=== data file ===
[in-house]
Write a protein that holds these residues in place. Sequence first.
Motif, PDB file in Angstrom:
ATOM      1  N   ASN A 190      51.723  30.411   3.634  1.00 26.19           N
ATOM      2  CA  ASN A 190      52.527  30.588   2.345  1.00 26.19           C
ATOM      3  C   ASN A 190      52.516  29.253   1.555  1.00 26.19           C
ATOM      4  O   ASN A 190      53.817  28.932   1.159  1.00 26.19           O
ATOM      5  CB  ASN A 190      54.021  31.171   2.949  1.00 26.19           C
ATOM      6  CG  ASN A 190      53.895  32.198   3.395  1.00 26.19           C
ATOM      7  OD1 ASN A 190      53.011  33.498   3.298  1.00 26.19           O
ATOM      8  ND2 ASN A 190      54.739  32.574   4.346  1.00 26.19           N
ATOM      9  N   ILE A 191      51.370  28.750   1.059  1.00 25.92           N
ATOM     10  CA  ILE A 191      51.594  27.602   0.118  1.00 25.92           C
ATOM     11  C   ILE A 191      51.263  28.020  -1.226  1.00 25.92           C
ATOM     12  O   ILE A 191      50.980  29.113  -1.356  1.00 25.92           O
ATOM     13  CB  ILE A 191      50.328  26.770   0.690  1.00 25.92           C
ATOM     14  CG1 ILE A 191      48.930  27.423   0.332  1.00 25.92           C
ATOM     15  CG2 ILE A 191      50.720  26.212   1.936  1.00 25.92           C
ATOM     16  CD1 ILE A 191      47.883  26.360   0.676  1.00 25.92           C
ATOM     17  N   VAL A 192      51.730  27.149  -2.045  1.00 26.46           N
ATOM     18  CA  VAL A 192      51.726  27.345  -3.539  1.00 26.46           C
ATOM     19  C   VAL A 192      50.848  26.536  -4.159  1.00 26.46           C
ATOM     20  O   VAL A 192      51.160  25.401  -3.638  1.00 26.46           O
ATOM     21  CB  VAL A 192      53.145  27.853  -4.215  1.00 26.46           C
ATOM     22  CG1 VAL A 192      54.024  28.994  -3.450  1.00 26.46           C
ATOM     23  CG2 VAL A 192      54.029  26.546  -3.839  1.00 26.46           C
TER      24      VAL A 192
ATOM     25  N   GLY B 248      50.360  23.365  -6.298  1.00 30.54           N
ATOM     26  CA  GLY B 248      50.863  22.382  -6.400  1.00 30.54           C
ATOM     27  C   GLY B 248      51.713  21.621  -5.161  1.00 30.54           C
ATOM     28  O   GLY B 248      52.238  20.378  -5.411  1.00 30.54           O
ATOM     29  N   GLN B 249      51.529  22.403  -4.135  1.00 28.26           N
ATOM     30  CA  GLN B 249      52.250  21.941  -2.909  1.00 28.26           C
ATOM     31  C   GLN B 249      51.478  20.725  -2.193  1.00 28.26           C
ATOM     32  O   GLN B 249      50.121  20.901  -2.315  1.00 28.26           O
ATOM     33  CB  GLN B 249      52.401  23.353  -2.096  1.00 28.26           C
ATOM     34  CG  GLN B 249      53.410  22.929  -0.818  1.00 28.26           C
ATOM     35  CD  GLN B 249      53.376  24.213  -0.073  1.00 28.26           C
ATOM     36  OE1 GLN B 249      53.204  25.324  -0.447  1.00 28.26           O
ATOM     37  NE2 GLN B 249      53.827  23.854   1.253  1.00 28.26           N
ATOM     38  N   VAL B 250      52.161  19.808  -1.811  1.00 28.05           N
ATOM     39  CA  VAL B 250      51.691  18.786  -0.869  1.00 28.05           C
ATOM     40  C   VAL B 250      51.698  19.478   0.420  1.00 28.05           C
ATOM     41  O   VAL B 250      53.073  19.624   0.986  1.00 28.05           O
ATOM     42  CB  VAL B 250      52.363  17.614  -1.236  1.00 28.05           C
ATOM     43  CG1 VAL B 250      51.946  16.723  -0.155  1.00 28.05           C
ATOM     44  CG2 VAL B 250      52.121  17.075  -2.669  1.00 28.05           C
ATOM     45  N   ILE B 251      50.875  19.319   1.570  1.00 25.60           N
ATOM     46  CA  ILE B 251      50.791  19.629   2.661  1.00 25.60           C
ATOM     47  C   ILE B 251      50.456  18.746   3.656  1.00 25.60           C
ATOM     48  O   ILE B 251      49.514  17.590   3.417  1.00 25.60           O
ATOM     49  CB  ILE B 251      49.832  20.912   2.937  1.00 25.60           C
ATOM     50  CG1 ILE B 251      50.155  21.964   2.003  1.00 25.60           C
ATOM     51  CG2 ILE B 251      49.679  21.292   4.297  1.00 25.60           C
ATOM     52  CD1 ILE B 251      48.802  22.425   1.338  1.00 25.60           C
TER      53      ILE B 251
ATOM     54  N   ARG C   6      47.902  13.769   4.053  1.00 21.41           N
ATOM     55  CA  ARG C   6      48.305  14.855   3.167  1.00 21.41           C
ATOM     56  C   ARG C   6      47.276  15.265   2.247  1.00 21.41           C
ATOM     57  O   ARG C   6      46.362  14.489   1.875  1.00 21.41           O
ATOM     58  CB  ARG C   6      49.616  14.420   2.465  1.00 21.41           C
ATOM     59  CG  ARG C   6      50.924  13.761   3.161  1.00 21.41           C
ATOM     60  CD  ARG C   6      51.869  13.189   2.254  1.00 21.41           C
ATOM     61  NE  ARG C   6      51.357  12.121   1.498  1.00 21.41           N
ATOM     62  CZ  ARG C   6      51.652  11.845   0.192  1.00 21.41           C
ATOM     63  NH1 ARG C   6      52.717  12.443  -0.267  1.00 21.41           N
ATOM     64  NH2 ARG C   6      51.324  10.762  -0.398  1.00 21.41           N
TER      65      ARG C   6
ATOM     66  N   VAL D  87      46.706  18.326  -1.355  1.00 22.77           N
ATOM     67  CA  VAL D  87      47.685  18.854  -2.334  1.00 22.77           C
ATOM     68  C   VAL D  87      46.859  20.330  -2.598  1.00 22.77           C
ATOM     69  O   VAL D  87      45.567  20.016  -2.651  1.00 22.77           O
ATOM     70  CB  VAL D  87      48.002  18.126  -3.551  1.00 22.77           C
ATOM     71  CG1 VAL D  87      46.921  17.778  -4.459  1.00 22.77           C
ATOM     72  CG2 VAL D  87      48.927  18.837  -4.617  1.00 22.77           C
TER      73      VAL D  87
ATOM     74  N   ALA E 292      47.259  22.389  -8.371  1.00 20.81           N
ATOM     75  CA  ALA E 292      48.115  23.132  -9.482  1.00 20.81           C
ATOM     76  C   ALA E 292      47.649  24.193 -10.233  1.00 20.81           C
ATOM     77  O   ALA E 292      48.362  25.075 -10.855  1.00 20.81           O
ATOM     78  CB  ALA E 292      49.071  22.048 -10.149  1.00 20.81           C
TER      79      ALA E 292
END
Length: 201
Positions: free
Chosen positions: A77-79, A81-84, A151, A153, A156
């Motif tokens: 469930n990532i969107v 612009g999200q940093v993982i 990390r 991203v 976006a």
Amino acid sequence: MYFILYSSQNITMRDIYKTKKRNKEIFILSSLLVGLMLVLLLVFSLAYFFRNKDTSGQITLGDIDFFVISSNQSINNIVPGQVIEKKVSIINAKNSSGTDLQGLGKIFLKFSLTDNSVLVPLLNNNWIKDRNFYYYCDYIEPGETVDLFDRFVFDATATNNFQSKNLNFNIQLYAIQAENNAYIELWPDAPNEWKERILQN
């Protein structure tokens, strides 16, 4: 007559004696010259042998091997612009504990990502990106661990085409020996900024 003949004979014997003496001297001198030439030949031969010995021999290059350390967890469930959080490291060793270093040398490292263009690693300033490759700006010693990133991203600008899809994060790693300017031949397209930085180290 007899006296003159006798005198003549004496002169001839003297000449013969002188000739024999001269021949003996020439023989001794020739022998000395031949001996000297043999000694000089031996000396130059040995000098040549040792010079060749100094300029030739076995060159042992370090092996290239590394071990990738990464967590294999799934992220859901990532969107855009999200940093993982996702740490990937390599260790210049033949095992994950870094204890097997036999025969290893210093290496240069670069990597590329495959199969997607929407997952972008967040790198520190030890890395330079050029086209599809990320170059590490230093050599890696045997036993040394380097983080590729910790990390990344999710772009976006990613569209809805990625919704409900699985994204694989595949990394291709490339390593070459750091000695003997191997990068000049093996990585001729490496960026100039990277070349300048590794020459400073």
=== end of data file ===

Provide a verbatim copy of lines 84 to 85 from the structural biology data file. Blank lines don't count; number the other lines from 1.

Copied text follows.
Length: 201
Positions: free